“Yes. I see.”
“Because, you are dead to this life, countess. You start a new life today. Today, we shall leave for Austria and your family there.”
Aksinya mouthed the words, “So you can do evil there.”
“No, so we can accomplish evil there.”

The story must move out of Russia and to the west for many reasons.  There is little scope for the demon to act and too much scope for Aksinya to act (in the mind of the demon).  This shift of scene will allow the focus of the story to move--from just the demon and Aksinya.  The most important consideration is the problem the demon will have with Aksinya in Russia.  She will be much more vulnerable after she has been disconnected from her roots.  I may be revealing too much here, but I thought I might give you some insight to the purpose of the demon.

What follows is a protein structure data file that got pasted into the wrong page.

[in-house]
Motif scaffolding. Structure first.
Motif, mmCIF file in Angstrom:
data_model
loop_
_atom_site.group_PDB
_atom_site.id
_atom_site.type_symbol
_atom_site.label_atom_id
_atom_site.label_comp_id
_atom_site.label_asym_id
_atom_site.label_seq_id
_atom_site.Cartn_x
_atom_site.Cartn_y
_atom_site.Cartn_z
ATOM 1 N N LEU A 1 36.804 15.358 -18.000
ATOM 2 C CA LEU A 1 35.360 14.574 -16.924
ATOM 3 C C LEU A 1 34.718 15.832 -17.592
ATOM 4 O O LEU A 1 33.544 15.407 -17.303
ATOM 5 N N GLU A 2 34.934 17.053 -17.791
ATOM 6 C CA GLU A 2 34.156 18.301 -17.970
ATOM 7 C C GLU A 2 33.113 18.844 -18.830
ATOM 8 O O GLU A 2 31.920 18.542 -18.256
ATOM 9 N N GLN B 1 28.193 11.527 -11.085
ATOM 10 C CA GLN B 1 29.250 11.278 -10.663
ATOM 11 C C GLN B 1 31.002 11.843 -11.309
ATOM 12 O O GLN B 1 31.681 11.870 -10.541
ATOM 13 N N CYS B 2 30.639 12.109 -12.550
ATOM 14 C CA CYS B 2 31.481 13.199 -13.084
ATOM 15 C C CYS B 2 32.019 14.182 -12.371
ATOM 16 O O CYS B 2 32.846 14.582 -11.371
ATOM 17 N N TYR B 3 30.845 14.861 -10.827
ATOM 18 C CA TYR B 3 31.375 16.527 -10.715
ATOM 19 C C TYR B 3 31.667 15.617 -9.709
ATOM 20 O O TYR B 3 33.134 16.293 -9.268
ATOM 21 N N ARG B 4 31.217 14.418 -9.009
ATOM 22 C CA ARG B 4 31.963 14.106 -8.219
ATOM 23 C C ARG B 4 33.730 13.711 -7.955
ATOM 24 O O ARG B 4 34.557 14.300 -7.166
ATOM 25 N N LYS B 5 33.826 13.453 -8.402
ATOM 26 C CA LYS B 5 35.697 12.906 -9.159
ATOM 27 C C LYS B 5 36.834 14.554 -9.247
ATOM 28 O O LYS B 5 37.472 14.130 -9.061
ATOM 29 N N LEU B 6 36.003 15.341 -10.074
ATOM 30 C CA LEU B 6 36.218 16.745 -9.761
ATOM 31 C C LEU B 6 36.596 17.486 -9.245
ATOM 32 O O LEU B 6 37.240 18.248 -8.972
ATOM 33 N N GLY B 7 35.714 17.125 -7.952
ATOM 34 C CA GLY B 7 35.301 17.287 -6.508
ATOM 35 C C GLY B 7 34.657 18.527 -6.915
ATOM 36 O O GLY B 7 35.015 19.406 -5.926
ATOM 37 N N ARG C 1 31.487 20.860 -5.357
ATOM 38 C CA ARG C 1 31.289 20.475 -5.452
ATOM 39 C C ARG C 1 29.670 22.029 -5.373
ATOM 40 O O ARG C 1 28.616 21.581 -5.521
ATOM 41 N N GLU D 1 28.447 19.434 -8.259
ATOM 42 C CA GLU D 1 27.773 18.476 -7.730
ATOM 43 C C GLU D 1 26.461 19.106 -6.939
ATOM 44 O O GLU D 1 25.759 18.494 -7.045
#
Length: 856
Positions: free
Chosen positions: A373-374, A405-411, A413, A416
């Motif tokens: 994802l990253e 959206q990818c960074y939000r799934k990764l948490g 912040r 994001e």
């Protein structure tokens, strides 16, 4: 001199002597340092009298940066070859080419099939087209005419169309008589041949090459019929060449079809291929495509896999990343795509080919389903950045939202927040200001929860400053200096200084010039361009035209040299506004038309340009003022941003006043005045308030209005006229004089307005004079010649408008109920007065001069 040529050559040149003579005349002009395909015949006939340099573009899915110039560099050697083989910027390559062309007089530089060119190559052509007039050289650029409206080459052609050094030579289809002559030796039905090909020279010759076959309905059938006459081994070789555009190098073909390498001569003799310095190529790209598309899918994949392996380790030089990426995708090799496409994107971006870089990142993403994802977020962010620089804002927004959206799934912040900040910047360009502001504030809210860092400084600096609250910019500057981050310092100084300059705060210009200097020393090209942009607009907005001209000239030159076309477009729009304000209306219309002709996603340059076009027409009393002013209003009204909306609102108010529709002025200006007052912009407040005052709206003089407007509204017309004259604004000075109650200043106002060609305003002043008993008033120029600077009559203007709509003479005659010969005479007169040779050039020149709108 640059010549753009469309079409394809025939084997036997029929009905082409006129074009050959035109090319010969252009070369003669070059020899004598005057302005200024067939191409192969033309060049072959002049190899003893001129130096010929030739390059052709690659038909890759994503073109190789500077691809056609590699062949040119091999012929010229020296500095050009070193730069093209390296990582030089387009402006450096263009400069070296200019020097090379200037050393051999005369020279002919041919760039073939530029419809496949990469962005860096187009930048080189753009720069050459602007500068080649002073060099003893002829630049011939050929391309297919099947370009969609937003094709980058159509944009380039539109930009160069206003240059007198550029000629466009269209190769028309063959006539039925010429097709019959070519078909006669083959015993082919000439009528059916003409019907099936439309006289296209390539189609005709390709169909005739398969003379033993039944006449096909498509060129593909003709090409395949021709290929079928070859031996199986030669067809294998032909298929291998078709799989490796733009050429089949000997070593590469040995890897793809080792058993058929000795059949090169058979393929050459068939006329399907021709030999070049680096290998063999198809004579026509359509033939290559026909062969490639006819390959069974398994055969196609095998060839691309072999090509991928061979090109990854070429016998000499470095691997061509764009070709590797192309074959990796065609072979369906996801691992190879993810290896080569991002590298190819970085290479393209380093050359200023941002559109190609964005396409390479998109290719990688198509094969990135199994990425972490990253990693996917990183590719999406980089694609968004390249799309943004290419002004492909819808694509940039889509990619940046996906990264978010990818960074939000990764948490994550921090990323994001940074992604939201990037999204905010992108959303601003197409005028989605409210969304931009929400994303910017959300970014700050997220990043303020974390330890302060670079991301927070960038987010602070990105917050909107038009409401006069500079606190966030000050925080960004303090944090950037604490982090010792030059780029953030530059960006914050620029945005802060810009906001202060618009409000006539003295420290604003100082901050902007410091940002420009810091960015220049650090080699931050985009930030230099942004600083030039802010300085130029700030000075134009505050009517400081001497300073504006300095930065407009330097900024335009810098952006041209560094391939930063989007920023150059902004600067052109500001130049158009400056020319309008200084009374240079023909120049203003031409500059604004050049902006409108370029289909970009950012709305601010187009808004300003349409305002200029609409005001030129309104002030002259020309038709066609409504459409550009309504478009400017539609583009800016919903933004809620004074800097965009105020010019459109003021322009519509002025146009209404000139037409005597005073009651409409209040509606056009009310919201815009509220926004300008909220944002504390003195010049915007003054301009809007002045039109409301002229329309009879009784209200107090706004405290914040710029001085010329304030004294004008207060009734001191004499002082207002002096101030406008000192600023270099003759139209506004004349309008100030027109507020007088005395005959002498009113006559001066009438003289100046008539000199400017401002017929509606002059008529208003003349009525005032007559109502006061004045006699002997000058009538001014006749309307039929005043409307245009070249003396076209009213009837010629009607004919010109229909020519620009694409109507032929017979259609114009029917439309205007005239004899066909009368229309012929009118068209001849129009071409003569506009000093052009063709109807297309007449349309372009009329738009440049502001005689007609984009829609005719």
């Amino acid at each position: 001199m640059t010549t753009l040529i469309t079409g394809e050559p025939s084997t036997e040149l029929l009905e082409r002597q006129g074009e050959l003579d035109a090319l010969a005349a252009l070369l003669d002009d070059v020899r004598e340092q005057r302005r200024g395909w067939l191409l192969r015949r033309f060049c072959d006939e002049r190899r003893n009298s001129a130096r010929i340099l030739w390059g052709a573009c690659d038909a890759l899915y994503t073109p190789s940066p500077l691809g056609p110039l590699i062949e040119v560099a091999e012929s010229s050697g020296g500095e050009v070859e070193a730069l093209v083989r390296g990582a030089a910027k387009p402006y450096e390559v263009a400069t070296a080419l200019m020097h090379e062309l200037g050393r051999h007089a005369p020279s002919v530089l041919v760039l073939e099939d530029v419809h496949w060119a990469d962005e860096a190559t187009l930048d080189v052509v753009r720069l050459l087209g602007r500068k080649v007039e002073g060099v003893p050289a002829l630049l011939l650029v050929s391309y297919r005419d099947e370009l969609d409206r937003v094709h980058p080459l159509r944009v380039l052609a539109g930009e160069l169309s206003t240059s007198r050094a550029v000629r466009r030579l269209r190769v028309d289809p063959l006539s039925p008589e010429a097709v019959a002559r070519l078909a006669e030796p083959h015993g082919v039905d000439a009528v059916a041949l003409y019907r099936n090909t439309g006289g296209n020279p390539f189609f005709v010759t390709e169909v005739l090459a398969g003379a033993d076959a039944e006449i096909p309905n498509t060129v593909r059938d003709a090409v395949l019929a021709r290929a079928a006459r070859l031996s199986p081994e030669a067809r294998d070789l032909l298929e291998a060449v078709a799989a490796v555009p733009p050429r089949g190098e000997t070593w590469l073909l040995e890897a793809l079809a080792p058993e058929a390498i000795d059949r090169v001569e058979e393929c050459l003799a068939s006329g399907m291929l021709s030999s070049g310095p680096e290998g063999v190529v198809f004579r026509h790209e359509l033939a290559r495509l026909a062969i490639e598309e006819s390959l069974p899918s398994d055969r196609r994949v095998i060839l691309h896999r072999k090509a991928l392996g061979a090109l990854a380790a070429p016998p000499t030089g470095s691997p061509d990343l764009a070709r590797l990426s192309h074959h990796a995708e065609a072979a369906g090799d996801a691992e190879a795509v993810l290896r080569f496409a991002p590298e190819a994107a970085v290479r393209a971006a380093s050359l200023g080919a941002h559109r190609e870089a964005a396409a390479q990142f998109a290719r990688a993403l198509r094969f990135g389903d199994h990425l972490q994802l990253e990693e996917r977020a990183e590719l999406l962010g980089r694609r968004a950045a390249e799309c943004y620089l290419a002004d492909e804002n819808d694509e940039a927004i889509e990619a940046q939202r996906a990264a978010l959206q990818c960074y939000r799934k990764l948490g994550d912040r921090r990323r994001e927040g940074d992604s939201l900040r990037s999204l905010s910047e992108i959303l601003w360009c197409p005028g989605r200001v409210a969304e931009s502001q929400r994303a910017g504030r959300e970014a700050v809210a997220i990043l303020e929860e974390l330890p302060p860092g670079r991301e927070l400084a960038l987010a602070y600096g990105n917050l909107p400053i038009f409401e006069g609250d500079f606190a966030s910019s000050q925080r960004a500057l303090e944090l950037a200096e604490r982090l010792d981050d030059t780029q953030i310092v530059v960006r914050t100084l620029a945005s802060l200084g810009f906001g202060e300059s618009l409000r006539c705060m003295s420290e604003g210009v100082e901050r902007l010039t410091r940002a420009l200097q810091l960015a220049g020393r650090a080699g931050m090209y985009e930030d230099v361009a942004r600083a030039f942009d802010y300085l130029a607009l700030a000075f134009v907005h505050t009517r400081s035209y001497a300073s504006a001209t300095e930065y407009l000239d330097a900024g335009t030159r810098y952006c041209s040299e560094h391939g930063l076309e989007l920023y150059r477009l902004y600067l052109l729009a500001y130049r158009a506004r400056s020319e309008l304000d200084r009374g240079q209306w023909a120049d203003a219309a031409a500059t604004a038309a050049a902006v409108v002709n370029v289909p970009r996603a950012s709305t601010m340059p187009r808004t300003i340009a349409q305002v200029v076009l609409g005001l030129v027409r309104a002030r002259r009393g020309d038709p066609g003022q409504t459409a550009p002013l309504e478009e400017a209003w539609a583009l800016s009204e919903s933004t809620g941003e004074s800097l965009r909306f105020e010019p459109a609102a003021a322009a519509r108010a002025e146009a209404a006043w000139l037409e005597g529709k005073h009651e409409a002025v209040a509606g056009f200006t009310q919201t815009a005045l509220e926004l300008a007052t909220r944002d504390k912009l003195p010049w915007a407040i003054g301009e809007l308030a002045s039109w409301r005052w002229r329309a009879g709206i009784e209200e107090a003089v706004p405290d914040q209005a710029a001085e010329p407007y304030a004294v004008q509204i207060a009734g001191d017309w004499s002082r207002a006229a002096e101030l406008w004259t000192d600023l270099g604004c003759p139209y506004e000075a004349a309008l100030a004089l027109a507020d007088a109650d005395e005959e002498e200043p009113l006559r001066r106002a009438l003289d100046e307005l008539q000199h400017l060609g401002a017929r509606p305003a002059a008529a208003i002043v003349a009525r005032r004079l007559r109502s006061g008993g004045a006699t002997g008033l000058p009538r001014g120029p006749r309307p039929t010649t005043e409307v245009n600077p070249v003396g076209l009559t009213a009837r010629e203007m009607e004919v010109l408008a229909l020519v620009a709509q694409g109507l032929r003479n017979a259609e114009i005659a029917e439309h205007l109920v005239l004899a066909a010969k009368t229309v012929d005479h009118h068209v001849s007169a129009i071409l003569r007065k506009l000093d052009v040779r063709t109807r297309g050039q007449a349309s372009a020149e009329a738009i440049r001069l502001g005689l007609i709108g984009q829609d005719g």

By the way, I've already thought of some important changes I want to make to the first chapter.  Specifically, I will add snow to the scene--this will give it more of the proper feel for the time of year, and I will be able to make some strong comparisons to the blood on the snow.